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Sunday, October 23, 2011

Prevention and Treatment of Osteoporosis

Posted by Prahallad Panda on 7:04 PM Comments

Osteoporosis means porous bone. Osteopenia is the precursor of osteoporosis. In both the conditions the bone becomes more fragile and more susceptible to fractures.

It affects men as well as women. One out of every two women and one out of every four men over 50 are prone to develop osteoporosis-related fracture of the hip, vertebrae or wrist in their lifetime.
Lateral spine X-ray showing osteoporotic wedge...Image via Wikipedia

Women having early menopause and post-menopausal women are prone for osteoporosis due to insufficient female hormone oestrogen. Men having low levels of testosterone before his forties, or in conjunction with obesity are also prone for it.

Lack of proper nutrition due to various reasons like eating disorders, surgeries on stomach and intestine; diet low in vitamin D and calcium; people having diseases that hamper absorption of calcium; people suffering from kidney diseases having low level of vitamin D can put them at risk.

Medication like steroids, anti-convulsants, or anticoagulation therapy for a long time can affect bone density. Cigarette smoking, drinking too much alcohol, and leading a sedentary life also puts one at risk for osteoporosis.

These are some of the wide range of risk factors and something can be done to help prevent osteoporosis. The first step perhaps is to incorporate calcium into diet. There are many sources of calcium dairy products, green leafy vegetables, broccoli, collard greens, spinach, sardines, and some other types of fishes.

Most vitamin D is synthesized in skin from exposure to sun light, but older people are poor synthesizers of vitamin D; so people in their sixties and seventies need vitamin D supplements.

Lifestyle modification and weight-bearing exercises are principal steps to strengthen legs and hips and help to maintain a healthy blood  flow to the bones.

Even if somebody has osteoporosis, exercise is important. The only difference is that the exercises should be specifically designed for people with weak bones. People with osteoporosis should not perform any kind of strenuous, high-impact aerobics.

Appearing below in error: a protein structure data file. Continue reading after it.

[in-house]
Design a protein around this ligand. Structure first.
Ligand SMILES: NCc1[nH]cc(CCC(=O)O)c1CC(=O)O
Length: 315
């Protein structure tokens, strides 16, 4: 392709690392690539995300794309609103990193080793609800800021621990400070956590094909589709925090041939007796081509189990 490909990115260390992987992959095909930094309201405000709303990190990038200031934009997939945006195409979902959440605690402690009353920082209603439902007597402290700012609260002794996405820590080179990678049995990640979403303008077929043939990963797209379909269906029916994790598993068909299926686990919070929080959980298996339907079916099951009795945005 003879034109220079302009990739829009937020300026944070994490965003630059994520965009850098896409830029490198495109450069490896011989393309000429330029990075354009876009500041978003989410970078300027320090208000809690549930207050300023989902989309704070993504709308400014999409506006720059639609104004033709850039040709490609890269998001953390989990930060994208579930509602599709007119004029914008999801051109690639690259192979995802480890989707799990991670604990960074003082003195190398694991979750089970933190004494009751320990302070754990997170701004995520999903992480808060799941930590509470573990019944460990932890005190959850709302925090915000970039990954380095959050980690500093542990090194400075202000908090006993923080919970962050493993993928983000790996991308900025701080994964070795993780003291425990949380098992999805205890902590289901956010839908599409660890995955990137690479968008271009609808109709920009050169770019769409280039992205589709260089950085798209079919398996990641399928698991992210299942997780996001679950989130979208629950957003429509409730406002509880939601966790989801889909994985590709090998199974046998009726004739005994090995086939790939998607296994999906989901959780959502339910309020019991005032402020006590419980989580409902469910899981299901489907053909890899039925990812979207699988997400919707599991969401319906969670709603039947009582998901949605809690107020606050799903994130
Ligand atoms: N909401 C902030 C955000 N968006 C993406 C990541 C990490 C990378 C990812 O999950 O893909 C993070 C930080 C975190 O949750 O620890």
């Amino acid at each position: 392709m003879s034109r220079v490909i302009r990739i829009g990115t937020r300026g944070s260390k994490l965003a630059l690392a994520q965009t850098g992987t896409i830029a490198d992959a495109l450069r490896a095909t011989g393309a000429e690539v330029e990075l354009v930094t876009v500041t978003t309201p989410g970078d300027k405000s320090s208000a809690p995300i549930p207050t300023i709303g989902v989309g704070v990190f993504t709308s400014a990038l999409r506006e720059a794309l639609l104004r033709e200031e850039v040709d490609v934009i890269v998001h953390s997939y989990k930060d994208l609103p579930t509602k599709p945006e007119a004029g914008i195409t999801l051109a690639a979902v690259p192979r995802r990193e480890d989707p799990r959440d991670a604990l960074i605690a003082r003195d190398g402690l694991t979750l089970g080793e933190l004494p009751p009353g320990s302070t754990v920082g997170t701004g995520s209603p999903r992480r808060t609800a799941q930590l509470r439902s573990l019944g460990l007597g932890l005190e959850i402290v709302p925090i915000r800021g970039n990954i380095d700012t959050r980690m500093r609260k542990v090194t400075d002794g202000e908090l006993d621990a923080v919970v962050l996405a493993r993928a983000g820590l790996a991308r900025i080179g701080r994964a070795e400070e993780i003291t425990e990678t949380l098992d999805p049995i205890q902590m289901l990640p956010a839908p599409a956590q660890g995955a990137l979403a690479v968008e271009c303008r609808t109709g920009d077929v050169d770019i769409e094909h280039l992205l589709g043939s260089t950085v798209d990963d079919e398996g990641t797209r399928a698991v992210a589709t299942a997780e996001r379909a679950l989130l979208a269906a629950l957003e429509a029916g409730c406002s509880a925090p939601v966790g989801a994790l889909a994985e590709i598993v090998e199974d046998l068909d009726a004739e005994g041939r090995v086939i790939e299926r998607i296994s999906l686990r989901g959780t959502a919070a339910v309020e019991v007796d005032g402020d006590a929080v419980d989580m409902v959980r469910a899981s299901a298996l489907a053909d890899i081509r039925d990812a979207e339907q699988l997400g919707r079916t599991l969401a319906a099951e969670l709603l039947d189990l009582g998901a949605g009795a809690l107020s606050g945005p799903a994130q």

Oestrogen replacement therapy that was once favoured has gone out of favour because of various risks including that of developing breast cancer.

Bisphosfonates are the group of drugs that help to increase bone mass and reduce the incidence of fractures, though atypical fractures are reported. The most dangerous side effect of bisphosphonates is oteonecrosis of the jaw, where bone does not heal after dental work. So now dentists are very careful not to do major dental work in people who are taking these drugs.

Raloxifene, a selective oestrogen-receptor modulator prescribed to the patients of breast cancer also prevent osteoporosis. Calcium metabolism related hormones like calcitonin is co-prescribed with calcium to the patients.

Another one is teriparatide, an injectable form of human parathyroid hormone, which regulates calcium metabolism; also has been approved for treatment of osteoporosis in men and post-menopausal women.

One important consideration is to prevent fall in people who have significant osteoporosis. If an individual has osteoporosis and has difficulty in moving around, specific changes need to be made in their surroundings.

Lifestyle modification, aerobic weight bearing exercise, appropriate sun exposure, healthy food with supplementation of minerals and vitamin D will go a long way in preventing osteoporosis; and is better to prevent it than try to cure it.
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